Small Businesses are Entitled for Accelerated Payments in 15 Days – Final Rule Issued by DoD, GSA and NASA

The Department of Defense (DoD), the General Services Administration (GSA), and the National Aeronautics and Space Administration (NASA) issued a final rule on February 14, 2023, to provide for accelerated payments to small business government contractors and subcontractors. The rule, which will be effective from March 16, 2023, requires federal agencies to establish an accelerated payment date to pay small business contractors within 15 days after receiving a proper invoice if the contract does not include a specific payment date or term. In addition, contractors who subcontract with small businesses must make accelerated payments to subcontractors within 15 days after receipt of a proper invoice and (1) a specific payment date is not established by contract; and (2) the contractor agrees to make accelerated payments without further consideration from or fees charged to the subcontractor. 

Expected results of this rule include improving the cash flow and access to the Federal marketplace for small businesses. In order to benefit the greatest number of small businesses, the Federal Acquisition Regulatory Council (FAR Council) has determined that the rule will apply to contracts including those at or below the Simplified Acquisition Threshold (SAT) and Commercial Products or Commercial Services, including Commercially Available Off-the-Shelf (COTS) items. 

The rule also aligns FAR with Small Businesses Administration (SBA) regulations in several areas  including (i) the timing of determination of size status for multiple award contracts; (ii) the implementation of the “ostensible subcontractor rule” as grounds for socioeconomic status protest; (iii) prevention of exercise of options by contracting officers past the fifth year of long term 8(a) contracts if the contractor no longer qualifies for the 8(a) program; and (iv) defining the small business size standard for information technology value added resellers (VARs) under NAICS code 541519 as 150 employees, down from the previous 500 employee standard.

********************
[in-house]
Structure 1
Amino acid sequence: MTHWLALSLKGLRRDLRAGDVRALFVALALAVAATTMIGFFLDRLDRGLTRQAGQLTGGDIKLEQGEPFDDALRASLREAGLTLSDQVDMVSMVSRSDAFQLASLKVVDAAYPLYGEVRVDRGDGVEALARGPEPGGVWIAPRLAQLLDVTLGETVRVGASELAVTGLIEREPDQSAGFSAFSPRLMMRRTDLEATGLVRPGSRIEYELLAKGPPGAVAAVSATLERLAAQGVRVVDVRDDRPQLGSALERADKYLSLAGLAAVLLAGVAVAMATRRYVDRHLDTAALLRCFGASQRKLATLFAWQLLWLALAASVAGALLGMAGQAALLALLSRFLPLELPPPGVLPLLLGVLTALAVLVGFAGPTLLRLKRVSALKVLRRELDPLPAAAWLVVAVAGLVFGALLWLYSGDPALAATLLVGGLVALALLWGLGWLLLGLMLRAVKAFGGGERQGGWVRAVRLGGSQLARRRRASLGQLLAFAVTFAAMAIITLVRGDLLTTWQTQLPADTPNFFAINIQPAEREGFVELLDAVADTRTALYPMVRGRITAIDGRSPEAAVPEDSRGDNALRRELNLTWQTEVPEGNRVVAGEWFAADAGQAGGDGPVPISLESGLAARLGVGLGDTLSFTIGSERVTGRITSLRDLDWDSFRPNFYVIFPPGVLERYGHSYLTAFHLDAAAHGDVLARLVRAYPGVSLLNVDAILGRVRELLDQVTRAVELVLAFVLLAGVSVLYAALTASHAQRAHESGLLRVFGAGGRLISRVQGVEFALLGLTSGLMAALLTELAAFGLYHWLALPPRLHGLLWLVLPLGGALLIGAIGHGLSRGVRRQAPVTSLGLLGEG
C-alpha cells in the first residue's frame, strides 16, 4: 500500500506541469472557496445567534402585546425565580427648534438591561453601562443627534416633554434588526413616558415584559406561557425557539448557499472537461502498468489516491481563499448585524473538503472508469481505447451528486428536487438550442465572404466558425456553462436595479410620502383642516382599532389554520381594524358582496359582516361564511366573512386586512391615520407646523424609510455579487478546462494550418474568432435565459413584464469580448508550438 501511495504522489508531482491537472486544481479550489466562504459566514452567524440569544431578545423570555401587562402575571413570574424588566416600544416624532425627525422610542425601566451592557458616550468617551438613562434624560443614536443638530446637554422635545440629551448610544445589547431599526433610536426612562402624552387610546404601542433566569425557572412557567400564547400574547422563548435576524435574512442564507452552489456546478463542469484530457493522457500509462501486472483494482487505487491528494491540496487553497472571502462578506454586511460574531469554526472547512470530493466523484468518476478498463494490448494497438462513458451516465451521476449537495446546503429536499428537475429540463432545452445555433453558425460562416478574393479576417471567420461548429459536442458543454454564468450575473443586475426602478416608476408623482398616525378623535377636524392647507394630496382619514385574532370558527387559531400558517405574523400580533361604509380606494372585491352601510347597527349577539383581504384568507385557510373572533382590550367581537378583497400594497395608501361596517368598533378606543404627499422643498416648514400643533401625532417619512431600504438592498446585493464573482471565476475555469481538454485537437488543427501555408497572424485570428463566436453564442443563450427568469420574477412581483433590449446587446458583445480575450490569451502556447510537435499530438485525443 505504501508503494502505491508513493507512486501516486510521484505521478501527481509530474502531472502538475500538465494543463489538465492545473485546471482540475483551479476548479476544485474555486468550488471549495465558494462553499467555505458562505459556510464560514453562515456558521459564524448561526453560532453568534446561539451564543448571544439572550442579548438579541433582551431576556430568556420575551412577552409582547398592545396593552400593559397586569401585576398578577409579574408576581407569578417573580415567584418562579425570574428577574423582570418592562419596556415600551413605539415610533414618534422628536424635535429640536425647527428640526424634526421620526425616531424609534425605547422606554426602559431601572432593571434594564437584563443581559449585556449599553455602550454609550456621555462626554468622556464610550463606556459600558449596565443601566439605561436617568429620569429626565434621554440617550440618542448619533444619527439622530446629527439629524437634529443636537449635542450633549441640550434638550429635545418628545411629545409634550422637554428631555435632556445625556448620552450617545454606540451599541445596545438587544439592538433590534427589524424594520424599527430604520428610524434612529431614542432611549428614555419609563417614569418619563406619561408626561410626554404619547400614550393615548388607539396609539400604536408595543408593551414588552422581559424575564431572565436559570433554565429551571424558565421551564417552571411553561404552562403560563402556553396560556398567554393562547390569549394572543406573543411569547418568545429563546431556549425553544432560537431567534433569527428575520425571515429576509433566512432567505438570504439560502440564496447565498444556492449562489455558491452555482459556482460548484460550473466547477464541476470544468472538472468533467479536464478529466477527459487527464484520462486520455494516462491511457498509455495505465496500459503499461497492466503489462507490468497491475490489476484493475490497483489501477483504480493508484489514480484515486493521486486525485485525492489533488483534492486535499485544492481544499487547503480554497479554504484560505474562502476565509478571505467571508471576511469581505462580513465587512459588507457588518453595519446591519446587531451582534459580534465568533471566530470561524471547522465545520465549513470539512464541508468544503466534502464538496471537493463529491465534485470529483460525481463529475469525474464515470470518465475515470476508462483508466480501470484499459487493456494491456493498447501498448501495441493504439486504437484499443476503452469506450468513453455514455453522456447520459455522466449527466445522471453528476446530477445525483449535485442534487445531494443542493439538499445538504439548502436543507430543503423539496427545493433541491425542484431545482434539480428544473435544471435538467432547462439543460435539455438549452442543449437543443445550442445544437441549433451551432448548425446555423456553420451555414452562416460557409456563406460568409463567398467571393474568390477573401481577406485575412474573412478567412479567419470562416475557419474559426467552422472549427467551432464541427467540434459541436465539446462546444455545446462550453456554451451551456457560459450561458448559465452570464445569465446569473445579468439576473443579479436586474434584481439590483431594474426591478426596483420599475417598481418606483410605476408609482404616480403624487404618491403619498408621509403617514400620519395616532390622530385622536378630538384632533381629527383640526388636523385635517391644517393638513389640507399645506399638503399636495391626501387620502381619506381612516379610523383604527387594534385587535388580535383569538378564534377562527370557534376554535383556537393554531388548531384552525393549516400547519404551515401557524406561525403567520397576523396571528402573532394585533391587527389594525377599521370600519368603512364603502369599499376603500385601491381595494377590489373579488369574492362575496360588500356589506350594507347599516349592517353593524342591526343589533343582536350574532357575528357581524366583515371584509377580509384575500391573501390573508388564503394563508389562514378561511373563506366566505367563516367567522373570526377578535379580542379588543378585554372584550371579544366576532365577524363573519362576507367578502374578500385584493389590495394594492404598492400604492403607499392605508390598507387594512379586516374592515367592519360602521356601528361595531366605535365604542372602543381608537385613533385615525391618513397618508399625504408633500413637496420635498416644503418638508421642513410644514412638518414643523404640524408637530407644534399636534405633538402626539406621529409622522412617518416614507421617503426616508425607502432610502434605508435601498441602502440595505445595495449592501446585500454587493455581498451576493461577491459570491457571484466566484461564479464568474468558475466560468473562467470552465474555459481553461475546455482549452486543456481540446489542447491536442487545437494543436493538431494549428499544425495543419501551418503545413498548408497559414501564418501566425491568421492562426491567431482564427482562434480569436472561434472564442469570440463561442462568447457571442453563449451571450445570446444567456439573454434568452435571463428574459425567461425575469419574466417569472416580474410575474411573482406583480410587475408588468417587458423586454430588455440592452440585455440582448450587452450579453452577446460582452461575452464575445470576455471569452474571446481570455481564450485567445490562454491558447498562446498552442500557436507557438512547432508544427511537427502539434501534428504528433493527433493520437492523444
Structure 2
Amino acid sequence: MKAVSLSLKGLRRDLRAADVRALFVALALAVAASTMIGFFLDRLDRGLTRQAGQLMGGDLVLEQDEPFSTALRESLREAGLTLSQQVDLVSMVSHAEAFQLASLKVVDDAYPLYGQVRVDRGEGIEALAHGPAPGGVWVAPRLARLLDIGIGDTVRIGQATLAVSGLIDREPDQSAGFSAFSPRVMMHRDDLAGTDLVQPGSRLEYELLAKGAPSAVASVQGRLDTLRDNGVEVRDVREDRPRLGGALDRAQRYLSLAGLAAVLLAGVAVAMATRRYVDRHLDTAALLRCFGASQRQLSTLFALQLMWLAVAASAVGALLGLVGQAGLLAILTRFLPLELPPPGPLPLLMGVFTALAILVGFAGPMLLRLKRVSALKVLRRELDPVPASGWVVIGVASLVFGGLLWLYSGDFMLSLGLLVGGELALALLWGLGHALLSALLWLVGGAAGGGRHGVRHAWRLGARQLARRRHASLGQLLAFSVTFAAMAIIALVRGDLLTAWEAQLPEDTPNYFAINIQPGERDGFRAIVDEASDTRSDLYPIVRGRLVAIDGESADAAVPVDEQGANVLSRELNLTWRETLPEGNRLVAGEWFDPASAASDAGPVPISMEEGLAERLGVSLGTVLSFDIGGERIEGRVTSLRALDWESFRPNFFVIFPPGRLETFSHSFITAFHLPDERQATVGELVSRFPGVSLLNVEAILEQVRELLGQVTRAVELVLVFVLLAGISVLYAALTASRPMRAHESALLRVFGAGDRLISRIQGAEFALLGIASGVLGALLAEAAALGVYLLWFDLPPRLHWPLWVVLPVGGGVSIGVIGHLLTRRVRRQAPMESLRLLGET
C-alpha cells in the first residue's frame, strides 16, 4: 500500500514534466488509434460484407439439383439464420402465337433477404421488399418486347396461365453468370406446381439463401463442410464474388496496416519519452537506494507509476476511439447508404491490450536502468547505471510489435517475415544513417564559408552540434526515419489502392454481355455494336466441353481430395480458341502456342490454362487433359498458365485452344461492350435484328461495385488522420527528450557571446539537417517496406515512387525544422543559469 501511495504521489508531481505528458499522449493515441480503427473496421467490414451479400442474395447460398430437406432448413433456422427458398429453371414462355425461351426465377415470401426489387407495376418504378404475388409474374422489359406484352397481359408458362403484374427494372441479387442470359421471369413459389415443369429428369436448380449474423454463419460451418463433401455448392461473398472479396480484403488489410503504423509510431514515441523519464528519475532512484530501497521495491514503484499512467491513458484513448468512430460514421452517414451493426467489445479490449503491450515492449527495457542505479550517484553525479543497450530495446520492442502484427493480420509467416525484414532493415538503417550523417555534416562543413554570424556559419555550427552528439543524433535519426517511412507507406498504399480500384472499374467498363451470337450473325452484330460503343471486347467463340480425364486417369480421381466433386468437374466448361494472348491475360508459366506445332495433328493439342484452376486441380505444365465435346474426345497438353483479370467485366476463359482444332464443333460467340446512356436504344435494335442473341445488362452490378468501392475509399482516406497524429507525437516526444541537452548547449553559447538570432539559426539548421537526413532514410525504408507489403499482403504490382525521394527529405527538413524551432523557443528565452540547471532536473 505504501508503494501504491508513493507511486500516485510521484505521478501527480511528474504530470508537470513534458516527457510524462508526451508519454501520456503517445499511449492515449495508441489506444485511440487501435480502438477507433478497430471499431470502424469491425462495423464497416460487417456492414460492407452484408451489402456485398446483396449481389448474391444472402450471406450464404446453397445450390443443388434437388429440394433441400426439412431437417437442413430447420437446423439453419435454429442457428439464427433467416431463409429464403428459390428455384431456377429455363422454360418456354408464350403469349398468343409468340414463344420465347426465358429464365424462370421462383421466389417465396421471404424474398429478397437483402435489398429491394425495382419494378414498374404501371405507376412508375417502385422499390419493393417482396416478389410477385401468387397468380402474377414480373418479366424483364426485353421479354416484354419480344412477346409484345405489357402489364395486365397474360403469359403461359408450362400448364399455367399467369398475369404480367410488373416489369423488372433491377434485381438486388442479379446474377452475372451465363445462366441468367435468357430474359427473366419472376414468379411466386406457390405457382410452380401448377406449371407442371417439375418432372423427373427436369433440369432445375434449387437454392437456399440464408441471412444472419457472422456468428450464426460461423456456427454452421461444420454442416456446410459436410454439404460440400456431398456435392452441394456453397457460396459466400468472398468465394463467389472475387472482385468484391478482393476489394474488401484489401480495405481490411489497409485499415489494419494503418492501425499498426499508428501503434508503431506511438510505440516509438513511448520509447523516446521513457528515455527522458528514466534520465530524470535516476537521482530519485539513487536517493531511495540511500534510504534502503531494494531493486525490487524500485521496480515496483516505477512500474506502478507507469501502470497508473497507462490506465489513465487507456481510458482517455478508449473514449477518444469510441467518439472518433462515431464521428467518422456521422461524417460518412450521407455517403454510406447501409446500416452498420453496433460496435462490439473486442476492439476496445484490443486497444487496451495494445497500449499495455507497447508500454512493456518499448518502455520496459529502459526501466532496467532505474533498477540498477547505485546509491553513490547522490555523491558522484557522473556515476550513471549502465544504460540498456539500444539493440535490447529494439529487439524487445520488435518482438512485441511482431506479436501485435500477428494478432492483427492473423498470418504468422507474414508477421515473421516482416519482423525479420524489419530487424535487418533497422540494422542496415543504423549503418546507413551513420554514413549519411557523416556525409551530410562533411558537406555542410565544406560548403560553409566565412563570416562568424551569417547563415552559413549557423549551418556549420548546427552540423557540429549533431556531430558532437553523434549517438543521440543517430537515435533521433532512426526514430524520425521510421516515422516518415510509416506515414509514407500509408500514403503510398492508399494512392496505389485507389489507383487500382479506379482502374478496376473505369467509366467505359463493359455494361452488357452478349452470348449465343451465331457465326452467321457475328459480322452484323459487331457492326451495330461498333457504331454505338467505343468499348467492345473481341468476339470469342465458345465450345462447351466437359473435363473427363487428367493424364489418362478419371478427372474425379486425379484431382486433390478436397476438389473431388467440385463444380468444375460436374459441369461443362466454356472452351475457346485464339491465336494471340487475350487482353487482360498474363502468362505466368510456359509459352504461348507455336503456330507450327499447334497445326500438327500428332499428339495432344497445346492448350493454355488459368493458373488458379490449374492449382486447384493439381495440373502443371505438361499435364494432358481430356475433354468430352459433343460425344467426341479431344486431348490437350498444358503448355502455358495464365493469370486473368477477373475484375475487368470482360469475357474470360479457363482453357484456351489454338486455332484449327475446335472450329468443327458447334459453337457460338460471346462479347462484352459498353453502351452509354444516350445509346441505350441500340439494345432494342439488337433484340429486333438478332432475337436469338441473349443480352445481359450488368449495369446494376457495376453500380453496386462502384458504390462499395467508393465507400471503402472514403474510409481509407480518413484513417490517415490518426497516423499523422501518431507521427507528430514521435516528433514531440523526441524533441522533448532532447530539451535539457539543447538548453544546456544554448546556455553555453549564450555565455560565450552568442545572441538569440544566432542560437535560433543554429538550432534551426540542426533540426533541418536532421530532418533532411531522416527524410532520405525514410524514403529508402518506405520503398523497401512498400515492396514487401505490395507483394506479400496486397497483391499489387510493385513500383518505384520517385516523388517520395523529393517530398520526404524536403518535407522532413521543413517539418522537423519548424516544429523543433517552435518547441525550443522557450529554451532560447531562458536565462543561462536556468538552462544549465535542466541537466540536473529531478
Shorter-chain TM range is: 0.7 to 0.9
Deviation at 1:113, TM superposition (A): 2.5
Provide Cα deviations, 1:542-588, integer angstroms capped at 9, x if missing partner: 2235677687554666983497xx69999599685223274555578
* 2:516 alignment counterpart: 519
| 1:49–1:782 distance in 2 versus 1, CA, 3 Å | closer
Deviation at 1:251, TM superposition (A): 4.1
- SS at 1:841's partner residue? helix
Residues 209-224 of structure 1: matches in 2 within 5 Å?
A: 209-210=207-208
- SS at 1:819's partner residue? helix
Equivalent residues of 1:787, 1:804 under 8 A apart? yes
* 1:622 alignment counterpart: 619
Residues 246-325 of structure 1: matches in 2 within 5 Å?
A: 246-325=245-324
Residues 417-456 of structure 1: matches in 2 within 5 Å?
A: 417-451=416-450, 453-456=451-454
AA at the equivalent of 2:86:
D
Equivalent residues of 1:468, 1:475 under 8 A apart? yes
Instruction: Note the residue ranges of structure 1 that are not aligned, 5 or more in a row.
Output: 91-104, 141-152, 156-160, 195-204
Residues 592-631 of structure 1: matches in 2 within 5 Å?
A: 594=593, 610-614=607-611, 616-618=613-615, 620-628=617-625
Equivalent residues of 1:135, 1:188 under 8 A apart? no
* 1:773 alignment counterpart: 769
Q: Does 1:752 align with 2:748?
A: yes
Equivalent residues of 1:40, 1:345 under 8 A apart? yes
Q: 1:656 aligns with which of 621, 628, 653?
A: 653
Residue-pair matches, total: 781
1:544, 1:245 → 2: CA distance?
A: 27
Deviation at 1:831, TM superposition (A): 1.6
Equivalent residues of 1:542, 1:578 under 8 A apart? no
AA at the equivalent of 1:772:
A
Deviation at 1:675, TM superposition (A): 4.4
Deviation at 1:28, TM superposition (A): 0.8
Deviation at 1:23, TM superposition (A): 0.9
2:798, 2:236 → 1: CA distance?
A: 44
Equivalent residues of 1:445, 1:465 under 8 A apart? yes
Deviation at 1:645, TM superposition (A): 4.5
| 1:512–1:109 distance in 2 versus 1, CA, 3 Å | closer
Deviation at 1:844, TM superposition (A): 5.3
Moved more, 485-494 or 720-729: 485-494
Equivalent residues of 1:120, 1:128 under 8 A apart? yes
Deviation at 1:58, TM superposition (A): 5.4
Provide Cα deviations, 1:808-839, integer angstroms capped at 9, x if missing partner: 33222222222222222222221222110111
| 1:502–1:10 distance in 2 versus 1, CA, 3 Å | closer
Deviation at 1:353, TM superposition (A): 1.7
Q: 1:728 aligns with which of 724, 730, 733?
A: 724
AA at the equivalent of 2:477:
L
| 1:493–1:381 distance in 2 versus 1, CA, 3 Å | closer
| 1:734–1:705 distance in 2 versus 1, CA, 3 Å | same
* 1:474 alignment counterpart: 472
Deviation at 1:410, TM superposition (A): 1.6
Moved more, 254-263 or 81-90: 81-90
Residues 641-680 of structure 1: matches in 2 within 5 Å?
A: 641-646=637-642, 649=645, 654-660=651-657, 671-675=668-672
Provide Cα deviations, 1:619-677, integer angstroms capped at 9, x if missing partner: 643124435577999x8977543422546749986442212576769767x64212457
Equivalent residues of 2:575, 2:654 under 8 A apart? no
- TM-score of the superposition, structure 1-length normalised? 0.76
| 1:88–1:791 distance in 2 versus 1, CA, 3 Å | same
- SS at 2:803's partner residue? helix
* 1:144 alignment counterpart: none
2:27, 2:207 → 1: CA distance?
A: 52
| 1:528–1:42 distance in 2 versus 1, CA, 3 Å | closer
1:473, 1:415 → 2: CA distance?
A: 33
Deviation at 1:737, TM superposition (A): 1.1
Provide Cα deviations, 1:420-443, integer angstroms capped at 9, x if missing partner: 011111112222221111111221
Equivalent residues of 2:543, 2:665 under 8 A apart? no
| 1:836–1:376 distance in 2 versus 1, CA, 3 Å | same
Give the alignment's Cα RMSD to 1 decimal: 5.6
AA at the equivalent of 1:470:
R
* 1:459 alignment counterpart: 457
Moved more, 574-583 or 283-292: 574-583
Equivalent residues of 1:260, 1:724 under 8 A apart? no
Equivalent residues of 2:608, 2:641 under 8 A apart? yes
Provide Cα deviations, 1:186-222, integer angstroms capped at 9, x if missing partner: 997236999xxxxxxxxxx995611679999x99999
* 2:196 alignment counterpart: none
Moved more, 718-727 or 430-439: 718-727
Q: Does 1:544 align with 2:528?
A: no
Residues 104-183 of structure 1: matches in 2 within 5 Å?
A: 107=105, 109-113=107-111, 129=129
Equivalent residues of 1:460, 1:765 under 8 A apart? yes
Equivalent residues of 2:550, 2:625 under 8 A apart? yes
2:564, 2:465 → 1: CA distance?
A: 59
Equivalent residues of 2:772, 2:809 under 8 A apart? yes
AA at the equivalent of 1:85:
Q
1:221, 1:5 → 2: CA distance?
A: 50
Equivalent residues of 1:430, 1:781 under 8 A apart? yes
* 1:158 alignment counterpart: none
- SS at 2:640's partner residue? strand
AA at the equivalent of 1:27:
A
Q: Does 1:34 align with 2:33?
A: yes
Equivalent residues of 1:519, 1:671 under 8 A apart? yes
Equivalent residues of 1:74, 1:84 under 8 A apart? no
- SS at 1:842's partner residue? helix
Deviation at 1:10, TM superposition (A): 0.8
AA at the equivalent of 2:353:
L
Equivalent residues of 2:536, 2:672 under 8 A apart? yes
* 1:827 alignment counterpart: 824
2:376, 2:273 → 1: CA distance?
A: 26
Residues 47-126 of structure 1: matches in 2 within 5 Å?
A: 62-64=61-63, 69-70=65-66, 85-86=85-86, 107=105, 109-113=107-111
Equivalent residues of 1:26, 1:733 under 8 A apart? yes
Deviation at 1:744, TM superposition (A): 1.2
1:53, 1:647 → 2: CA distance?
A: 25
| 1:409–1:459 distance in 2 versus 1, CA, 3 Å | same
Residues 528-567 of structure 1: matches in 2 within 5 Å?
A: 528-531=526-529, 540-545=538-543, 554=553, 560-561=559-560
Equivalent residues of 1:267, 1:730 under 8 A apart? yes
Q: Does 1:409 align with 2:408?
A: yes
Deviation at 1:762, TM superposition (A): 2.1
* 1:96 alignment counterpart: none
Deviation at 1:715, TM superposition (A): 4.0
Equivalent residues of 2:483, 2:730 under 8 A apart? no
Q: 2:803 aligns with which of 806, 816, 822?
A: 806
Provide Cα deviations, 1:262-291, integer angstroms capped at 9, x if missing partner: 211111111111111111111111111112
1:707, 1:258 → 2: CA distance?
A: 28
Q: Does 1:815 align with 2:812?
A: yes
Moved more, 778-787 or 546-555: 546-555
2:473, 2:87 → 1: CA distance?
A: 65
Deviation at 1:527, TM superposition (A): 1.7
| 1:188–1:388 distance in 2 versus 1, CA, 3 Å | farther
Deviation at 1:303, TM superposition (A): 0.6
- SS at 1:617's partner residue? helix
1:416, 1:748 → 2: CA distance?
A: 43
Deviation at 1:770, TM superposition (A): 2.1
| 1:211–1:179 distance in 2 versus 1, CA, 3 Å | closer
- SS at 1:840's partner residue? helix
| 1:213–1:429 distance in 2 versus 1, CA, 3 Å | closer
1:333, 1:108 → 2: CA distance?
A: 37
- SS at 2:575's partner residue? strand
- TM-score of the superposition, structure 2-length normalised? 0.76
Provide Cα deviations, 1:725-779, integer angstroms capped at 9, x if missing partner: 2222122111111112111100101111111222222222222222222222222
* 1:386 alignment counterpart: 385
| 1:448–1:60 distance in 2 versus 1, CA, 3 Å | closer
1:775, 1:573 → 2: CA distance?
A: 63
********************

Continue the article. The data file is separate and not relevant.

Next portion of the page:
For more information, visit: 

March 13, 2023

GAO Protest Highlights the Importance of Compliance and Burden of Proof

In the world of government contracting, the selection of a contractor who has employed ex-agency personnel might raise doubts about potential organizational conflicts of interest (OCI) because such individuals may be privy to private information that may provide a competitive advantage.  However a decision by the Government Accounting Office (GAO) in a recent bid protest highlights how difficult it may be for a protester to show this advantage. 

In B-420881 Cybermedia Technologies, Cybermedia challenged the award of a task order by the Department of Defense Counterintelligence and Security Agency (DCSA) to The Prospective Group alleging that DCSA failed to assess and mitigate an OCI arising from the awardee’s principal subcontractor which had hired five former agency officials.  Cybermedia asserted that the individuals provided Prospective with access to competitively useful information that provided Prospective an unfair advantage.  DCSA asserted that four of the five individuals left the agency prior to the start of planning of the request for proposal (RFP) for the task order and that the fifth individual was hired by the subcontractor after Cybermedia and Prospective had submitted their proposals.  The GAO in its decision found that the protester had furnished only unfounded suspicions about unspecified proprietary information and that “hard facts”, not speculation, must be present to show an unfair advantage.  These facts must include whether an individual had access to non-public information that was not available to other firms and whether the information was competitively useful.